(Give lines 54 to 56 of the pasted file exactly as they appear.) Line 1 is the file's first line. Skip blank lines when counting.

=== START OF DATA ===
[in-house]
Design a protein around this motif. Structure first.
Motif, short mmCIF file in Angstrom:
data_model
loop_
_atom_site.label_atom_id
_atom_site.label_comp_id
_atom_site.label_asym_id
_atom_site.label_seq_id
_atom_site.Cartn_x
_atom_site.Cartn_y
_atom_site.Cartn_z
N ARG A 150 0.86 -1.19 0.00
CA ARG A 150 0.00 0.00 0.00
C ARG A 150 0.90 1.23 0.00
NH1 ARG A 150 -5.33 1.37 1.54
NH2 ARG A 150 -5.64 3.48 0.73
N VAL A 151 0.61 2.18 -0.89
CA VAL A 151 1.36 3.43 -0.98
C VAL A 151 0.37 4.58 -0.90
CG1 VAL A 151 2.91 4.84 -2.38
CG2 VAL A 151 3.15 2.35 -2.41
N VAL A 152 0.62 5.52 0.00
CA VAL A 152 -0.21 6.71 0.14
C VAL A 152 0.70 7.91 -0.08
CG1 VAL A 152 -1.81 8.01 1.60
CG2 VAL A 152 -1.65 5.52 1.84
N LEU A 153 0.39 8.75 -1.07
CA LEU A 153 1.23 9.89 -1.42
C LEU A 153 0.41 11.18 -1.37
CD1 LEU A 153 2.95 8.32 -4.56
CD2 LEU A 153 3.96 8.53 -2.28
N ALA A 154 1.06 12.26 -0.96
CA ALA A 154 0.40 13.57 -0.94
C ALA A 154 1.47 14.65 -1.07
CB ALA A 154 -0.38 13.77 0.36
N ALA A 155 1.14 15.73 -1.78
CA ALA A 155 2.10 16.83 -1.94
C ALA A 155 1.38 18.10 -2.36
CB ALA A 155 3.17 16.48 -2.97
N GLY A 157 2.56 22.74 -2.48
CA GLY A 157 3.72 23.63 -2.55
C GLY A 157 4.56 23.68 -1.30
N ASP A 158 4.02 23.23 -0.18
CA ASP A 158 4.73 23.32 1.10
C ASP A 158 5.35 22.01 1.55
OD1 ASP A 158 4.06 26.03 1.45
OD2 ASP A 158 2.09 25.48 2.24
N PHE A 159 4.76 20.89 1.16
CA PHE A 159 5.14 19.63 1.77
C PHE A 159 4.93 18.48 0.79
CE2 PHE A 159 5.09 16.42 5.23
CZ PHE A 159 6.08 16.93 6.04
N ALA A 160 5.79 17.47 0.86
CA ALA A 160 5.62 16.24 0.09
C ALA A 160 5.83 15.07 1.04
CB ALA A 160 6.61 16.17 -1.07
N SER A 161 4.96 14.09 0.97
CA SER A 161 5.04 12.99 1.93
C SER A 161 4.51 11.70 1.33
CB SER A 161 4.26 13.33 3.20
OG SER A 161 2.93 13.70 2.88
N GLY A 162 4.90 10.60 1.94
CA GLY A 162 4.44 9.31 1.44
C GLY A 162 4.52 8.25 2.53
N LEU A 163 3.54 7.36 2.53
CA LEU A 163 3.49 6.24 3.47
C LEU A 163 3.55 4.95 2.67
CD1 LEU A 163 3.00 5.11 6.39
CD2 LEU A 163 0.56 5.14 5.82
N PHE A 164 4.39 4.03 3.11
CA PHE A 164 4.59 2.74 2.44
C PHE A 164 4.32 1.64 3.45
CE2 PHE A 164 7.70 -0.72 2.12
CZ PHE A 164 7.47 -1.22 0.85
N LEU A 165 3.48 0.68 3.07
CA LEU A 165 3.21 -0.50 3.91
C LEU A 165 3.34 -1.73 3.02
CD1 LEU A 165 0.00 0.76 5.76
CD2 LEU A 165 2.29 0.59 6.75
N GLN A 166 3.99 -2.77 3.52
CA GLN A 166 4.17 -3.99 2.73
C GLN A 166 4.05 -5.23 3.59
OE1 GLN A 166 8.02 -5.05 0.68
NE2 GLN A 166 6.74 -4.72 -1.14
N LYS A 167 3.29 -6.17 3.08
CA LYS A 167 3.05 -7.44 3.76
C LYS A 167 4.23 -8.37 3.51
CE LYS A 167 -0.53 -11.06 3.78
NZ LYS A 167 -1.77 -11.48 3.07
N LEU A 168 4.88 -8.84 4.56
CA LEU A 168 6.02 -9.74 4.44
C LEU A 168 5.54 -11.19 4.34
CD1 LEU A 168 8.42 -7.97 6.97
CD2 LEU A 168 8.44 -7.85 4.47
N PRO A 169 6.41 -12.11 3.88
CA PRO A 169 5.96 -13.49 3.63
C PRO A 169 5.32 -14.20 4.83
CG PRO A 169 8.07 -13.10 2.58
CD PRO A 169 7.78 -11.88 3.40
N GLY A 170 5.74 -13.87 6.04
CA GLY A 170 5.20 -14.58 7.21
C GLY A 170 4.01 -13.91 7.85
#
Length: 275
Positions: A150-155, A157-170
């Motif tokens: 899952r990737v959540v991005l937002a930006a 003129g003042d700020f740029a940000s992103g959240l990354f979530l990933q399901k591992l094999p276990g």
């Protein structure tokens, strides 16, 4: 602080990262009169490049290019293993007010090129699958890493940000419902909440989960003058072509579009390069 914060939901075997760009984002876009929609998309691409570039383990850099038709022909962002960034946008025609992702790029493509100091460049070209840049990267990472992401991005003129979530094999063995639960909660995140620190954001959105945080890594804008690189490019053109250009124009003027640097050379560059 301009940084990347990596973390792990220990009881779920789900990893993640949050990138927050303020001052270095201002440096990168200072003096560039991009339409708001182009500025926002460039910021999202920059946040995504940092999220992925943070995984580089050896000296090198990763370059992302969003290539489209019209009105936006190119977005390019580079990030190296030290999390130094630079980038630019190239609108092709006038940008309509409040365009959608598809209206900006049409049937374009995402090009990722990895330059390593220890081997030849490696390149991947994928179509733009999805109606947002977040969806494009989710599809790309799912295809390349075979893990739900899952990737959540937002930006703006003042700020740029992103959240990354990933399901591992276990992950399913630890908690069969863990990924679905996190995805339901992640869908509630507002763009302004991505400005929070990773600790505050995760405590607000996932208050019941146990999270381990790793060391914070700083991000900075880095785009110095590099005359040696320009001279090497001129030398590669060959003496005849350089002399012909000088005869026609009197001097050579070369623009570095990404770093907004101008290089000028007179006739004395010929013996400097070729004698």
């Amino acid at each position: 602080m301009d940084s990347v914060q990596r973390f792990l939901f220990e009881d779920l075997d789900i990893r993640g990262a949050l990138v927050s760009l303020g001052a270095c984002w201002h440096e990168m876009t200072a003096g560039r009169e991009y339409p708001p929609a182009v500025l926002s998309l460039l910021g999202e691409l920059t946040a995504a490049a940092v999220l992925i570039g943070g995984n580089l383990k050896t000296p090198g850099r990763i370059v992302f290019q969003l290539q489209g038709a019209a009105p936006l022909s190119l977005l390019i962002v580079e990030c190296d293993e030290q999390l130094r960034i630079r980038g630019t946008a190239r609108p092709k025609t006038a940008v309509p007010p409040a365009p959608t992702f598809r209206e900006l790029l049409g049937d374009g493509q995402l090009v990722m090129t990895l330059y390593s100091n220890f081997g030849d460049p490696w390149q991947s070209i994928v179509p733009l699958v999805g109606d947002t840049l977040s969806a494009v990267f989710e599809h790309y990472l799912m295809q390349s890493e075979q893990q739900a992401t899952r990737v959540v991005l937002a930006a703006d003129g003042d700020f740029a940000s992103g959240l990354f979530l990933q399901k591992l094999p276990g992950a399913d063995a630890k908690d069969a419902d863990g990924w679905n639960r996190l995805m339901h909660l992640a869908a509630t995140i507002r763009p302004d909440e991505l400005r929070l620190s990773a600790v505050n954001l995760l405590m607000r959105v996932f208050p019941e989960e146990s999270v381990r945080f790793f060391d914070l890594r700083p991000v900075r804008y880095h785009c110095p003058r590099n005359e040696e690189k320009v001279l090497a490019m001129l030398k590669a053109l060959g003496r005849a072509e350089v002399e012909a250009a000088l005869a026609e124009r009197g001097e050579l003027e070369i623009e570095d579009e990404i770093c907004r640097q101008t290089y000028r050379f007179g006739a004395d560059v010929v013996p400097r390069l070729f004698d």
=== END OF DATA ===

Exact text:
N ALA A 160 5.79 17.47 0.86
CA ALA A 160 5.62 16.24 0.09
C ALA A 160 5.83 15.07 1.04